We all get tired, stressed, sick and sore. Being a parent doesn’t mean you have a monopoly on these things. If people who don’t have kids feel these things, it’s totally valid! Let them speak without making it about you! This is guest post written by Bryony Sumner.
Too Much Sleep? What’s that like?
I was making a cup of tea at work the other morning when I overheard a young lad yawning and telling his mate that he thought his problem was that he was just getting “too much sleep”. Making him groggy, you see. Poor lamb.
It was all I could do not to stuff my used teabag up his nose in a fit of jealousy.
Too much sleep. Ha!
I heard myself guffaw and just as I was about to make a smart comment about not sleeping since 2014, when I got a tap on the shoulder from my younger self and a memory from about 5 years ago.
It was pre-children and I was at the cinema with some girlfriends talking about what a tearjerker the movie was. I had just mentioned that I tend to cry at toilet paper adverts if there are cute puppies involved when a parent friend of mine told me to “JUST YOU WAIT” until I had kids and then see what it’s like to cry!
I was confused. And irritated. And was later taken aside by another childless friend who told me if I ever had children, I had to promise to never, ever to say the words ‘You’ll understand when you’ve got kids!’
I have tried to hold up my side of the bargain, but I’m pretty sure I’ve slipped up along the way somewhere. It’s just so damn hard not to constantly talk about my boys, seeing as how they took over my life almost 3 years ago and have held me hostage ever since!
I learned recently that there’s actually a name for this (of course there is- that I’m surprised is really the only surprising thing here!) It’s called ‘mommyjacking’ and it is apparently rife on social media.
This conversation-hijacking technique isn’t saved exclusively for parents though; such “oneupmanship” is an unattractive and annoying habit in all walks of life. You’ve got a headache? Your colleague gets migraines, you should try that one day. Broken your toe? Your Facebook friend broke their leg last year and that hurts a lot more. Oh, your boss is horrible to you? Big deal, your cousin’s boss beats the staff with a stick when they mess up, so count your blessings!
Alright, maybe I’m exaggerating a little but I’m sure you know what I’m talking about. Some people like to act as if they own emotions, or pain, or illness and it’s a bit irritating. Not to mention unkind.
Comparison is unhelpful
We can never fully understand how another person is feeling, not even if we’ve been there ourselves. We can empathise and listen but comparing is very rarely helpful. I’m not sure that telling someone to pull their proverbial socks up has ever sorted out a problem. ‘Oh dear you’ve been unemployed for 5 years now, have you? In that case I’m positively cheerful about being fired! Thanks for the input!’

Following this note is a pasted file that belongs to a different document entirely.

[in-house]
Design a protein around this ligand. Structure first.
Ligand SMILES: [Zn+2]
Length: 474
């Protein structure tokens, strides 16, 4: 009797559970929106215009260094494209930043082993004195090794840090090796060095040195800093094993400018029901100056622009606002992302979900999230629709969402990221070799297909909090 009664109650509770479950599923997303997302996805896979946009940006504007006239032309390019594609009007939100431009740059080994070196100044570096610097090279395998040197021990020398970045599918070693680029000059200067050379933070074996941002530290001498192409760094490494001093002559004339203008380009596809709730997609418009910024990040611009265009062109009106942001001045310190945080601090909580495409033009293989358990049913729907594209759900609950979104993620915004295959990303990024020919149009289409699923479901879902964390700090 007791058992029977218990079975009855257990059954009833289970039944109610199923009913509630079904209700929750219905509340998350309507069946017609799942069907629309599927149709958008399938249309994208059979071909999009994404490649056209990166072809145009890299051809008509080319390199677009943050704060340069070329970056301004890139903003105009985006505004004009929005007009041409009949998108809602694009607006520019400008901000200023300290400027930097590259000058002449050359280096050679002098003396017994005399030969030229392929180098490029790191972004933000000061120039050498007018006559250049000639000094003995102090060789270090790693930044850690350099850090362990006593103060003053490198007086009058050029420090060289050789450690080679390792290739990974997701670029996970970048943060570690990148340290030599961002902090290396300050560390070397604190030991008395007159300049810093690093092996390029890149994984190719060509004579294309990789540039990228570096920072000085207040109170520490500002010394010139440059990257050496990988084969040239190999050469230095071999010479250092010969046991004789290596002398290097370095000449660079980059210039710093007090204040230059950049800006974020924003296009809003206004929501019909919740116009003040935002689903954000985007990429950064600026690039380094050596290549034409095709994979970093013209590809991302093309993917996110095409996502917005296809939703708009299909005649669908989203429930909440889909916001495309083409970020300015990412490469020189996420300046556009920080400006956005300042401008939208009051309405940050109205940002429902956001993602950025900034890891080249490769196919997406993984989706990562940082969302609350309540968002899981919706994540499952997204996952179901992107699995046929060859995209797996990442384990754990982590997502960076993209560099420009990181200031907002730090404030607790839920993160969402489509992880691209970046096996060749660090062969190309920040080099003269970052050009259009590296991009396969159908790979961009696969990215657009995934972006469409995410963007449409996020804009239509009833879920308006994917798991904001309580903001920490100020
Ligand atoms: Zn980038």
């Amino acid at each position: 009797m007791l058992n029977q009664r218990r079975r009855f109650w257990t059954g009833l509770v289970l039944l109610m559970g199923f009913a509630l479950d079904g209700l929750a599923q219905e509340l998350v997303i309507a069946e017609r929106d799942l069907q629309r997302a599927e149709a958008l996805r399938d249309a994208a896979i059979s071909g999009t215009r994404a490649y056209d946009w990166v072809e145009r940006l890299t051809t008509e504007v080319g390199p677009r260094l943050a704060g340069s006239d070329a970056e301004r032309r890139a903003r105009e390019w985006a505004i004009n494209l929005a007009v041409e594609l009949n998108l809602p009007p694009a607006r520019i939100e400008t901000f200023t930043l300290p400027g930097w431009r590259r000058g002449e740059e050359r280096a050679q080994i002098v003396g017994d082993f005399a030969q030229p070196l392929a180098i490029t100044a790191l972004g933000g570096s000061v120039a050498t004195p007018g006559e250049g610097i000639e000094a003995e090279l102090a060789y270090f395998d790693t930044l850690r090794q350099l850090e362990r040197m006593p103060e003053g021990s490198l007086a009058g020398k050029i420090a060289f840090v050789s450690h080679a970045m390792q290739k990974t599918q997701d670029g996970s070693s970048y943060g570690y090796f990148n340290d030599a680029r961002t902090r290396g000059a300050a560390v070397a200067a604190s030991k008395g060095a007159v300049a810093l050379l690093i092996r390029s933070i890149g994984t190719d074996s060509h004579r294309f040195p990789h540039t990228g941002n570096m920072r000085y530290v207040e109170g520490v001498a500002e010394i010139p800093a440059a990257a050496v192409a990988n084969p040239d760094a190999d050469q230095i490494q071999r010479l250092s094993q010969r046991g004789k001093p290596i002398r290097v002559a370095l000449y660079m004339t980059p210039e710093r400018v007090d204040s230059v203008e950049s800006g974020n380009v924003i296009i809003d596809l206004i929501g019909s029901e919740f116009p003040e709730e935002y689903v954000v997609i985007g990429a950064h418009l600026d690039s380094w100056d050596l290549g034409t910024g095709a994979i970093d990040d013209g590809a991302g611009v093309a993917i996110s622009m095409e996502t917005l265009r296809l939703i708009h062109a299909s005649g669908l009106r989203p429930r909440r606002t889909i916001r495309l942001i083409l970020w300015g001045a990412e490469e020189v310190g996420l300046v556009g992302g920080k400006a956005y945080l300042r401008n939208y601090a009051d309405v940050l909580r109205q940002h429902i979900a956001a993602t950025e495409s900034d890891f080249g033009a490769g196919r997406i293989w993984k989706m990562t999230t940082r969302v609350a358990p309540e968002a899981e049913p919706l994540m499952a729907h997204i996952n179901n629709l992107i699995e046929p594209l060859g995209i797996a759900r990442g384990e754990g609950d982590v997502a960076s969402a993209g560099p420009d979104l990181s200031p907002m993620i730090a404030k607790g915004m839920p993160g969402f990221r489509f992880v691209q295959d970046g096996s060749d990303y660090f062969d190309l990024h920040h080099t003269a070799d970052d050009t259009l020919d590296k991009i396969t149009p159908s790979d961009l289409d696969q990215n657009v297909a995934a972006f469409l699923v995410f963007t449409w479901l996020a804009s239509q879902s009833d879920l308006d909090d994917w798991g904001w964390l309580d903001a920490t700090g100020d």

I go on a LOT about how tired I am. I’ve posted on Instagram about it, I’ve written about it, I talk about it in my sleep and yes, it’s almost become an obsession. Yes, I’m tired but I have good reason to be and I’m pretty, sure some time soon, I’ll get some rest again.
A few years ago, I was living in Sydney. I was working a 9-5 job and had a very easy lifestyle. No extra curricular activities, nothing too demanding, early nights, relaxing weekends. And yet, I could barely pull myself out of bed in the morning. I could hardly see the words on my computer screen because my eyes were sooo tired and each lunch break, rather than eating, I would go and lay down in the park and sleep for half an hour as I was so exhausted.
I have never felt anything as debilitating as I did then. The doctor said I was fine. It went on for months and I can still feel the desperation when I look back on those times. There was no good reason for me to feel the way I did and I never did discover the reason for it- but I would take ‘mum tired’ me over ‘mystery tired’ me any day of the week. And this is why I am glad I held my tongue when the young lad at work was lamenting his lethargy.
We’re all fighting our own battles
We all have different struggles and different triumphs, but as Einstein said, if we judge a fish by it’s ability to climb a tree it will spend it’s whole life thinking it is stupid.
Same thing here, when you ‘mommyjack’ (or perhaps ‘parentjack?’ After all, Dads do it too!!) someone else’s problem. If you belittle someone’s pain or emotion or achievement, you are surely giving them the message that what they are feeling is not worthy. That they are not worthy. To be honest, it doesn’t say much about you either.
Let’s lift each other up, instead. Have a quiet eye roll in private if someone is being unnecessarily precious, sure, but try to make a funny quip or a soothing noise that might make them smile rather than a comment about how you’ve had it worse. You might think such a remark will make you look better than the other person, but I’m certain it will have the exact opposite effect!